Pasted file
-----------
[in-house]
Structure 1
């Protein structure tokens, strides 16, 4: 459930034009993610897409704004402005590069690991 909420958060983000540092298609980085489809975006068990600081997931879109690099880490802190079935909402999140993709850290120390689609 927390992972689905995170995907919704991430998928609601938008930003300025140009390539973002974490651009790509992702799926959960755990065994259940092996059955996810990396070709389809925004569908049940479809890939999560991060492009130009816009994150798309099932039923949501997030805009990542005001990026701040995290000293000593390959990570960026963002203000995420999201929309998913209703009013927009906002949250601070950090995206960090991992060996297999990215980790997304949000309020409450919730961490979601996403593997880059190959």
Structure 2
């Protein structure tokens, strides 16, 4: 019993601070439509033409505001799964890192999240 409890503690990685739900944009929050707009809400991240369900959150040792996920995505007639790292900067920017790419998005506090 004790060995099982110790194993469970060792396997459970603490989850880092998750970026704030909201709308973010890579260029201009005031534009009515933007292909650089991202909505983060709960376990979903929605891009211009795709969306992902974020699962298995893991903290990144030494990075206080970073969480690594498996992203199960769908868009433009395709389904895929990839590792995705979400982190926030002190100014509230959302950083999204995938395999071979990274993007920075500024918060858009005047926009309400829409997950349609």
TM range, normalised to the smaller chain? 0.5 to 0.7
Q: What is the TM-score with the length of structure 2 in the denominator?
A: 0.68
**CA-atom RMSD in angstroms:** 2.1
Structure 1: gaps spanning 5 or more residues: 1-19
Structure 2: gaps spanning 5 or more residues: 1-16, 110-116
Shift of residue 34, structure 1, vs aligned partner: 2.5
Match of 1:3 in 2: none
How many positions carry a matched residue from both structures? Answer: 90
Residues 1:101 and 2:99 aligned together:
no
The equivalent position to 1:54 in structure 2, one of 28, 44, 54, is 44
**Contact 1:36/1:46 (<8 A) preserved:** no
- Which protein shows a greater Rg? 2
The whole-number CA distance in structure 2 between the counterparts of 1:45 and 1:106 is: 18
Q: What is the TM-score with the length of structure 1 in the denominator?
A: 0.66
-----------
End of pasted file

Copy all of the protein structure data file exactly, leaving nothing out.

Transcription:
[in-house]
Structure 1
């Protein structure tokens, strides 16, 4: 459930034009993610897409704004402005590069690991 909420958060983000540092298609980085489809975006068990600081997931879109690099880490802190079935909402999140993709850290120390689609 927390992972689905995170995907919704991430998928609601938008930003300025140009390539973002974490651009790509992702799926959960755990065994259940092996059955996810990396070709389809925004569908049940479809890939999560991060492009130009816009994150798309099932039923949501997030805009990542005001990026701040995290000293000593390959990570960026963002203000995420999201929309998913209703009013927009906002949250601070950090995206960090991992060996297999990215980790997304949000309020409450919730961490979601996403593997880059190959």
Structure 2
């Protein structure tokens, strides 16, 4: 019993601070439509033409505001799964890192999240 409890503690990685739900944009929050707009809400991240369900959150040792996920995505007639790292900067920017790419998005506090 004790060995099982110790194993469970060792396997459970603490989850880092998750970026704030909201709308973010890579260029201009005031534009009515933007292909650089991202909505983060709960376990979903929605891009211009795709969306992902974020699962298995893991903290990144030494990075206080970073969480690594498996992203199960769908868009433009395709389904895929990839590792995705979400982190926030002190100014509230959302950083999204995938395999071979990274993007920075500024918060858009005047926009309400829409997950349609």
TM range, normalised to the smaller chain? 0.5 to 0.7
Q: What is the TM-score with the length of structure 2 in the denominator?
A: 0.68
**CA-atom RMSD in angstroms:** 2.1
Structure 1: gaps spanning 5 or more residues: 1-19
Structure 2: gaps spanning 5 or more residues: 1-16, 110-116
Shift of residue 34, structure 1, vs aligned partner: 2.5
Match of 1:3 in 2: none
How many positions carry a matched residue from both structures? Answer: 90
Residues 1:101 and 2:99 aligned together:
no
The equivalent position to 1:54 in structure 2, one of 28, 44, 54, is 44
**Contact 1:36/1:46 (<8 A) preserved:** no
- Which protein shows a greater Rg? 2
The whole-number CA distance in structure 2 between the counterparts of 1:45 and 1:106 is: 18
Q: What is the TM-score with the length of structure 1 in the denominator?
A: 0.66